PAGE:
Improving our dismal public schools with the dismal science

Misbehaving: The Making of Behavioral Economics, by Richard Thaler, has some potentially practical advice for improving our schools:

A good example of a domain where field experiments run by economists are having an impact is education. Economists do not have a theory for how to maximize what children learn in school (aside from the obviously false one that all for-profit schools are already using the best methods). One overly simplistic idea is that we can improve student performance just by giving financial incentives to parents, teachers, or kids. Unfortunately, there is little evidence that such incentives are effective, but nuances matter. For example, one intriguing finding by Roland Fryer suggests that rewarding students for inputs (such as doing their homework) rather than outputs (such as their grades) is effective. I find this result intuitively appealing because the students most in need do not know how to become better students. It makes sense to reward them for doing things that educators believe are effective. Another interesting result comes directly from the behavioral economics playbook. The team of Fryer, John List, Steven Levitt, and Sally Sadoff has found that the framing of a bonus to teachers makes a big difference. Teachers who are given a bonus at the beginning of the school year that must be returned if they fail to meet some target improve the performance of their students significantly more than teachers who are offered an end-of-year bonus contingent on meeting the same goals. A third positive result even further from the traditional tool kit of financial incentives comes from a recent randomized control trial conducted in the U.K., using the increasingly popular and low-cost method of text reminders. This intervention involved sending texts to half the parents in some school in advance of a major math test to let them know that their child had a test coming up in five days, then in three days, then in one day. The researchers call this approach “pre-informing.” The other half of parents did not receive the texts. The pre-informing texts increased student performance on the math test by the equivalent of one additional month of schooling, and students in the bottom quartile benefited most. These children gained the equivalent of two additional months of schooling, relative to the control group. Afterward, both parents and students said they wanted to stick with the program, showing that they appreciated being nudged. This program also belies the frequent claim, unsupported by any evidence, that nudges must be secret to be effective.

Imagine the outcry if teachers got money at the beginning of the school year, spent it on vacations, recreational marijuana, etc., and then some of them had to give the money back at the end of the year due to evidence that their students hadn’t learned much!

3 thoughts on “Improving our dismal public schools with the dismal science

  1. School should be about accomplishment, regardless of academic level. Instead of moving a student to the next grade work academically, when she’s not prepared, they keep working at the old “grade level” until they have mastered (90-95, demonstration of a full understanding) the work. This is especially important in math and English as the next year’s work build on the prior year. Passing should be a 90 or 95 on a test, not a 70, because students making a 70 will not have the base to do the next level work. Give bigger parties and rewards to students who are behind academically. The top performers need no motivation, the bottom ones need a lot. Also, testing should move students to areas where they can be successful. If a student can’t do Algebra II, but can fix cars, or air conditioning, or help customers as a hostess or bank teller we should encourage that. We can’t all be rocket scientists or senators. Our goal should be that every US citizen who is not disabled severely should be able to get and hold a job.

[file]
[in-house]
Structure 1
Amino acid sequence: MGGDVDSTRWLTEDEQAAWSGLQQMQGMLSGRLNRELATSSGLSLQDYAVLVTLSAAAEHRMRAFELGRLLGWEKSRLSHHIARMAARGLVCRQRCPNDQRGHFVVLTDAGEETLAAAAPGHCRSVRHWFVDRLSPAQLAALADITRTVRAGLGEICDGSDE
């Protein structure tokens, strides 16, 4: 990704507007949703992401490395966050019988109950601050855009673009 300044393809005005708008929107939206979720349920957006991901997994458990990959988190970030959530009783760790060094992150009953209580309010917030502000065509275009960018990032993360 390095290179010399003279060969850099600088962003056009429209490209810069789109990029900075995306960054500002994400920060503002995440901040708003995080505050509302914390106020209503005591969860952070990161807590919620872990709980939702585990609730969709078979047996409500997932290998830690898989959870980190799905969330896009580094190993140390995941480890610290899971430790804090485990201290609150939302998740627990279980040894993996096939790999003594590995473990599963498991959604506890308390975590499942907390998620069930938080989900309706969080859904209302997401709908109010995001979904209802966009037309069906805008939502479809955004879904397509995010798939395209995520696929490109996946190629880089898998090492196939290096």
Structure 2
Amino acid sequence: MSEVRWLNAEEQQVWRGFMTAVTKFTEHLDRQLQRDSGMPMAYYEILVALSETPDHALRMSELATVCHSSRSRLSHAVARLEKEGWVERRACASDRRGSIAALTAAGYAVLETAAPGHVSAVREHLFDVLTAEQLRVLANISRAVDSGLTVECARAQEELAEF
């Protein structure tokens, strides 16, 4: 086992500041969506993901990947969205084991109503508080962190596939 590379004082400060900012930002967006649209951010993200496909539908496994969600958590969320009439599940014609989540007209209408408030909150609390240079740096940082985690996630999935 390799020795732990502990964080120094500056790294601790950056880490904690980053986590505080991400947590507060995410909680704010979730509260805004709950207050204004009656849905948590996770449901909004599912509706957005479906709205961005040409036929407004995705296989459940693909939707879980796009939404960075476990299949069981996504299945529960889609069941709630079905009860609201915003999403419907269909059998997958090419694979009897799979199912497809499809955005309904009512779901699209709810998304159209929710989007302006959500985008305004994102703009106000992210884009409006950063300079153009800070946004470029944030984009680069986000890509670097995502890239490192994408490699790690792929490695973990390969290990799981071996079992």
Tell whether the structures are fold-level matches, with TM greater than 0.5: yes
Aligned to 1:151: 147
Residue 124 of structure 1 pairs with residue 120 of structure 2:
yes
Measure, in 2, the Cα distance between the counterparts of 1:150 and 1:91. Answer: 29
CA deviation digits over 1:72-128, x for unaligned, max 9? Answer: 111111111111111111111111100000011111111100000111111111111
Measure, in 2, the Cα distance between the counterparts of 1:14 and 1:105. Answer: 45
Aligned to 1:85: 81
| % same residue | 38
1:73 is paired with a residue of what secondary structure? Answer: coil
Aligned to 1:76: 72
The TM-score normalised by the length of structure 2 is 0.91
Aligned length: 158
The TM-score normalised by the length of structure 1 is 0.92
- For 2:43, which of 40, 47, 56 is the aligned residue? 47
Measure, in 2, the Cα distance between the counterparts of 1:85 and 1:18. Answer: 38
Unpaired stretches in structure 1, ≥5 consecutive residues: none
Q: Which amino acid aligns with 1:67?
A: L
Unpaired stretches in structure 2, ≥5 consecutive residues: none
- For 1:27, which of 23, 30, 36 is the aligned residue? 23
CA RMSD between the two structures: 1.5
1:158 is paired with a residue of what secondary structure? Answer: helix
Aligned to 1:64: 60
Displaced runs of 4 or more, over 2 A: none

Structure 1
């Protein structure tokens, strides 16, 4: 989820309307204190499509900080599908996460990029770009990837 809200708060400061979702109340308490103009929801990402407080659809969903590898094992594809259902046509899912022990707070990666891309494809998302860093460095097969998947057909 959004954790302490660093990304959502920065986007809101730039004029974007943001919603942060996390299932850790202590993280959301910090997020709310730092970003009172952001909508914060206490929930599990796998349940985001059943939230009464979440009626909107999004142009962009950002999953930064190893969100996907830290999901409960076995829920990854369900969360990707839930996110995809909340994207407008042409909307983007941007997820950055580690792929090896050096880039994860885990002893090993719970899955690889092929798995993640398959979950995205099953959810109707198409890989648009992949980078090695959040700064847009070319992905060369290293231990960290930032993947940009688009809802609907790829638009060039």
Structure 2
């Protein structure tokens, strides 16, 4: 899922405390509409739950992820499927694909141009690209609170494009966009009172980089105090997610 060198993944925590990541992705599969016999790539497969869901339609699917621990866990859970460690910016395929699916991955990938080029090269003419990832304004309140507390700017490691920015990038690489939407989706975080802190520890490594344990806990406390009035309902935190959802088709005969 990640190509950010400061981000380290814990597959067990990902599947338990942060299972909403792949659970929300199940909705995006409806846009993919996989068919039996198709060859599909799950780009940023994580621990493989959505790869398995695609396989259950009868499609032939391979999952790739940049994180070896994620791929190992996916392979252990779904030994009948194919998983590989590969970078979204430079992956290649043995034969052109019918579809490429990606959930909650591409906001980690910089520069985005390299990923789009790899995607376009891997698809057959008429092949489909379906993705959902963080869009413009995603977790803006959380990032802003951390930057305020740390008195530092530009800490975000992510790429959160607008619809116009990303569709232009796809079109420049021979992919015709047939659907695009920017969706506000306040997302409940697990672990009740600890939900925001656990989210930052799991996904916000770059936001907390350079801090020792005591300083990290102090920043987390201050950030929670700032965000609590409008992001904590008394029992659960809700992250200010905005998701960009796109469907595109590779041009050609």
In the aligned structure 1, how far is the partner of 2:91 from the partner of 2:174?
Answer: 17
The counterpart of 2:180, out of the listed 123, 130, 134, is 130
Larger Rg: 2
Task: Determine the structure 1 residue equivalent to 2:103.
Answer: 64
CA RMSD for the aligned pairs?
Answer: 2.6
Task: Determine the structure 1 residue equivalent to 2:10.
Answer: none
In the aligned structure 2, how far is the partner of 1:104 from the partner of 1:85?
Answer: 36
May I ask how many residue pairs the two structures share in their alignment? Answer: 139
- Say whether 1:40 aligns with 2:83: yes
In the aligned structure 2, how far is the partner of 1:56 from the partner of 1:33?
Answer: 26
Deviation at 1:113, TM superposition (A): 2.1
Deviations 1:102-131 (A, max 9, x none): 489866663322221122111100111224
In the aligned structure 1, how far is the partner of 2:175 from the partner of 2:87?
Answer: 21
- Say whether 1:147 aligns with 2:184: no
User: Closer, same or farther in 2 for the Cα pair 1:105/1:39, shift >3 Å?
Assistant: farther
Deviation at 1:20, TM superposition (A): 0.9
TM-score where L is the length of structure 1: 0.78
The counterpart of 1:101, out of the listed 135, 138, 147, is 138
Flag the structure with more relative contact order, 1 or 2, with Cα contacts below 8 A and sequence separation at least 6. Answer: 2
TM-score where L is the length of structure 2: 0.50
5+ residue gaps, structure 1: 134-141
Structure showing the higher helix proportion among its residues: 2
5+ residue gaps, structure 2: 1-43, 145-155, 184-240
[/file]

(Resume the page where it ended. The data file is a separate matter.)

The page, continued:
• Our goal should be that every US citizen who is not disabled severely should be able to get and hold a job.

      We’re getting close to that point now as the economy approaches full employment. It’s really a macroeconomic issue, not an education issue. A very large portion of all jobs require little education or training.

  2. Why waste time teaching science in high school if we are going to offshore research, engineering, and manufacturing anyway? Just to appease Google and Facebook? they are hiring abroad like there is no tomorrow and expand in places such as London and Vancouver, because they cannot bring talented engineers to the US as the annual visa quota is used up by the Tata Consulting goons as well as by cantaloupe pickers.

    Well, I do remember those movies from the 90s where the Asians are depicted as stiff, dimwitted robots who are pathologically suspicious of anything we smart and enterprising Americans say and do. And why would any millennial want to look like one of those? A better idea would be teaching our kids to paint “by the color”, and that’s where our future lies; see:

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